April 2010, Auto Dealer Today - WebXclusive
Training people should be a top priority when developing a successful team. Most dealerships or dealer groups focus on improving salespeople while ignoring the skill set of employees in other revenue-generating departments. In addition to that, many ignore the most important group in a dealership—the management team. Your store may survive with a strong sales force, but it will never thrive without a competent management team. Training and developing your people includes all of your people.
Think of your key managers and ask yourself aquestion: “Have I equipped them with all the necessary skills they need to successfully lead my troops?” If your answer is “no,” do not despair. You can change this starting today.
You might be in a situation where you need to seek an outside source for your management training. You might be in a position to do it yourself. If you have a dealer group with several dealerships, you might already have a trainer/coach on staff. Whatever your situation is, creating a program to train your managers is essential to your organization’s long-term success. With that in mind, let’s look into the components of this program.
When you think about training, think about results you want your people to produce. Training for the sake of training is pointless. Your goal is to produce changes in behavior that generate results. Simply providing information that is “nice to know” is a waste of your time and theirs. To produce greater results, provide need-to-know training so that your managers can perform their duties effectively.
There are many definitions of management versus leadership in training literature today. Whatever philosophy you adhere to, your managers need to develop both management and leadership skills in order to succeed. It is critical to identify the gap between their current managerial and leadership performance and the results you want. Once this gap is established, it is time to develop a plan and to fill it with necessary training topics.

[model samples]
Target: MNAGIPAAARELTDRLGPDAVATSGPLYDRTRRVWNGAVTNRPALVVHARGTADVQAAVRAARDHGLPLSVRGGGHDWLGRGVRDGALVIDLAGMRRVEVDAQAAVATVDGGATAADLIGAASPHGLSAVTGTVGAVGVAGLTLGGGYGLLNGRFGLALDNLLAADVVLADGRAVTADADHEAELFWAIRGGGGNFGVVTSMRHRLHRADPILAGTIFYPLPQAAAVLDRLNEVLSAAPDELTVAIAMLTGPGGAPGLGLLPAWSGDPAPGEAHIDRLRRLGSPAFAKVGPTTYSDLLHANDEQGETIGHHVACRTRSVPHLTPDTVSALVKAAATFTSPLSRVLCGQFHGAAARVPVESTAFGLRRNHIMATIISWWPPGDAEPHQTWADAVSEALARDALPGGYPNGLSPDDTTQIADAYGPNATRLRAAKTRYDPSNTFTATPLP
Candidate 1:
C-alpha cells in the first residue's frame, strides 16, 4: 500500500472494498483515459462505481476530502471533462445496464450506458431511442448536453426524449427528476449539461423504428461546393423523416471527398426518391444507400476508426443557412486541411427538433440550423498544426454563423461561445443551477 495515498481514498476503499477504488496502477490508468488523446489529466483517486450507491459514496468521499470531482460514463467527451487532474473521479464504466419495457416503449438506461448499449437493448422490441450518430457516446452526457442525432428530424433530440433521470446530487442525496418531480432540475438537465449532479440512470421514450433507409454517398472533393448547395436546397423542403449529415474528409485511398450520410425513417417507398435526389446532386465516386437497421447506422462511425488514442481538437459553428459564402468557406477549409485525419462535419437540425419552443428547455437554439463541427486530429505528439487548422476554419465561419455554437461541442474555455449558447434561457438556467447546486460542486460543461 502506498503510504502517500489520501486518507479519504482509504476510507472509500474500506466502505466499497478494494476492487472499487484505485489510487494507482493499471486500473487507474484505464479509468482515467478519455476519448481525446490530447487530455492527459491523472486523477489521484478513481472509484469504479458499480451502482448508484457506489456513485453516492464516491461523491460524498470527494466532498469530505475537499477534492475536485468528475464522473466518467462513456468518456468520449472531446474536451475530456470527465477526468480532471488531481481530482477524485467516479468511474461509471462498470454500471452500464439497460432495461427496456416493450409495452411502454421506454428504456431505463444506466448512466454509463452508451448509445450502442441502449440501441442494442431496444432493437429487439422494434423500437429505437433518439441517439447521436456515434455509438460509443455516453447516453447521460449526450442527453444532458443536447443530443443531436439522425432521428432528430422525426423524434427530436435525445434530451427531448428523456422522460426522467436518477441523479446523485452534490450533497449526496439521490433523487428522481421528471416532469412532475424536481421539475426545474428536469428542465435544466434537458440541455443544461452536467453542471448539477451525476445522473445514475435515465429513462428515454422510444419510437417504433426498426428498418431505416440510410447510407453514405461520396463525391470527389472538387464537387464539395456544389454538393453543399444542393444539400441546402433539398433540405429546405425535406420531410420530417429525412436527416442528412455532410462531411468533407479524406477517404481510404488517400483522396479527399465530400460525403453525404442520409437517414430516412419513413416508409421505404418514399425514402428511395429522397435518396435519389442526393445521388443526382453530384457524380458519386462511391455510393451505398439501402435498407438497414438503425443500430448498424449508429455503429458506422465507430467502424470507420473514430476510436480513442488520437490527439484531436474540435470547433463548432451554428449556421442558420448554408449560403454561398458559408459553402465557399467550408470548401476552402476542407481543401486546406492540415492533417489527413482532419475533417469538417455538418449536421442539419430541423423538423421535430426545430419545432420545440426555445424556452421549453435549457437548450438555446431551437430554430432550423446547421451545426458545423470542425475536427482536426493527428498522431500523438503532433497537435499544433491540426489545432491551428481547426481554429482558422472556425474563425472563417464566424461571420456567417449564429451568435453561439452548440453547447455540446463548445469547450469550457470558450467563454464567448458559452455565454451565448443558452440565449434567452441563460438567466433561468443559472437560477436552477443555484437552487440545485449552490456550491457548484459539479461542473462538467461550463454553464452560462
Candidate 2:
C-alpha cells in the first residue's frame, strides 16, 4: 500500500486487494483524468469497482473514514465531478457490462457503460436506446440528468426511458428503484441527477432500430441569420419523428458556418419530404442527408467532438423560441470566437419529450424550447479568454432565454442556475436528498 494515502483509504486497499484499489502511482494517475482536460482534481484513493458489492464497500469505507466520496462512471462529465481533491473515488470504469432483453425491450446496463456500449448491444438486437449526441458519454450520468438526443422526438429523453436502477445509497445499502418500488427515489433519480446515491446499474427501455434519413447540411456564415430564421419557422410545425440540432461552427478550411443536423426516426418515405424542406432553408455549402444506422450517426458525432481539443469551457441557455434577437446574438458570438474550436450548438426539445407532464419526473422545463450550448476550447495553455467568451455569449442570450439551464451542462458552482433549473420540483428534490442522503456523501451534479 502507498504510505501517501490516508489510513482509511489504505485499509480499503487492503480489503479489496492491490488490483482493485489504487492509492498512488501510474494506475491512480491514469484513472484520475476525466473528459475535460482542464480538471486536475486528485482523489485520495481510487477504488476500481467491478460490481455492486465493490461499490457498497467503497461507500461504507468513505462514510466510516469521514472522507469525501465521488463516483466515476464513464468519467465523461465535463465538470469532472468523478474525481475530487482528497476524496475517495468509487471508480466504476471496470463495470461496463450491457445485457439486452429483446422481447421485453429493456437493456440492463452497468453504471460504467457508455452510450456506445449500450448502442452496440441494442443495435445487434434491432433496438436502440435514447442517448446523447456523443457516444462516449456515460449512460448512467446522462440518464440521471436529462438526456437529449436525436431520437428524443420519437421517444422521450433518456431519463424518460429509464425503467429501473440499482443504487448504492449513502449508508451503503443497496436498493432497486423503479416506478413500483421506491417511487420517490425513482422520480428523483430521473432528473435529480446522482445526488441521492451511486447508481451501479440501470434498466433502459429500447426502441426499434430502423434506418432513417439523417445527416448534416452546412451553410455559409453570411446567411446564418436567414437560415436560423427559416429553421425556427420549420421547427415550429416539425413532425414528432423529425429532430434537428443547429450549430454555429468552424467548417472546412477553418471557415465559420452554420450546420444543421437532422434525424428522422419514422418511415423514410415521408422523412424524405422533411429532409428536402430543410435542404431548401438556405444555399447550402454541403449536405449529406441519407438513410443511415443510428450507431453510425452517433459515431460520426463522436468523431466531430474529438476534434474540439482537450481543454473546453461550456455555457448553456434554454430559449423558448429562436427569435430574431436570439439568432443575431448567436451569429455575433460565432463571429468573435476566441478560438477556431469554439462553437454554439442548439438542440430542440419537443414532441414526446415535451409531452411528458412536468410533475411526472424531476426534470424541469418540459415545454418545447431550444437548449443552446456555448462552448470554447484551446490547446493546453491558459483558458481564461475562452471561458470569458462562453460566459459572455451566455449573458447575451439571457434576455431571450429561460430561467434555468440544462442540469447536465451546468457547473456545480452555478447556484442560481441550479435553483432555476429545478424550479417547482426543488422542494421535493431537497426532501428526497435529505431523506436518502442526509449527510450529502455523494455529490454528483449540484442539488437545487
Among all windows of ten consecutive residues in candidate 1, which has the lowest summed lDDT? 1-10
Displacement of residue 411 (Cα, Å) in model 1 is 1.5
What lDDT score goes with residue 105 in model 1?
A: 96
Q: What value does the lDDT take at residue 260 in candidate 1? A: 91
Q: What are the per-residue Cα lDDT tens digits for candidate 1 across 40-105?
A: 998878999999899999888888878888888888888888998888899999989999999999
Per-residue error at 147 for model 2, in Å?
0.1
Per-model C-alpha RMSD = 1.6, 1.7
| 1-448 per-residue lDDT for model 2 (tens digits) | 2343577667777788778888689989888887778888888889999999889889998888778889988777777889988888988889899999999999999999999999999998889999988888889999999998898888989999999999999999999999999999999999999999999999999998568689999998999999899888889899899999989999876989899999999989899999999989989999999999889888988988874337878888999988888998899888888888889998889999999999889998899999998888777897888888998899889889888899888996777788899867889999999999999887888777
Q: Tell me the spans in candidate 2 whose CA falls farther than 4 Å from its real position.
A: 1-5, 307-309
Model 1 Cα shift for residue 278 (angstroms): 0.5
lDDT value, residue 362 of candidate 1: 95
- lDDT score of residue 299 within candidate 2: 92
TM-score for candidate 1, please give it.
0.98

You will need to break down the two major subjects, management skills and leadership skills, and come up with creative ideas for training. Regardless of whether or not you trained your management team in the past, you can start with fundamental principles for both management and leadership. Think of the legendary Vince Lombardi. Every year, he opened his training camp by holding a ball and saying to his players, “Gentlemen, this is a football.” Repetition of fundamentals has a dynamic affect on learning.
When creating a training curriculum for management skills, give attention to the areas of “people process” and “operations process.” The “people process” consists of the coaching and mentoring skills, team development abilities, and hiring and placing the right people in critical positions. The “operations process” will consist of training, managing the sales process, and performance review skills.
When designing your curriculum, it is essential to remember the need for practical application. Provide skills that can be used in their daily activities right away. Those new skills will need to be implemented and practiced to achieve the behavior changes needed to attain greater results. Stretching your management team’s performance is the ultimate goal of training.
Whatever training program you choose to develop for your managers, it is important that the program is ongoing. There are two major elements that are essential to measuring training success: follow-up and follow-through. The old saying “inspect what you expect” is especially true in assessing training results. The training material must be reviewed, implemented and inspected.
Let’s recap the above information. Re-align your focus on training your management team. Assess your team’s current skills status. Design a program that will focus on their management and leadership skills development. Examine where they are now, and train them to get them to where you want them to be. Train skills that are relevant and can be easily implemented. Follow up and follow through with training to measure its success. Remember, developing your people is your job and no one will do it for you. The degree of your organization’s success is directly proportional to the skill level of your management team.
Vol. 7, Issue 2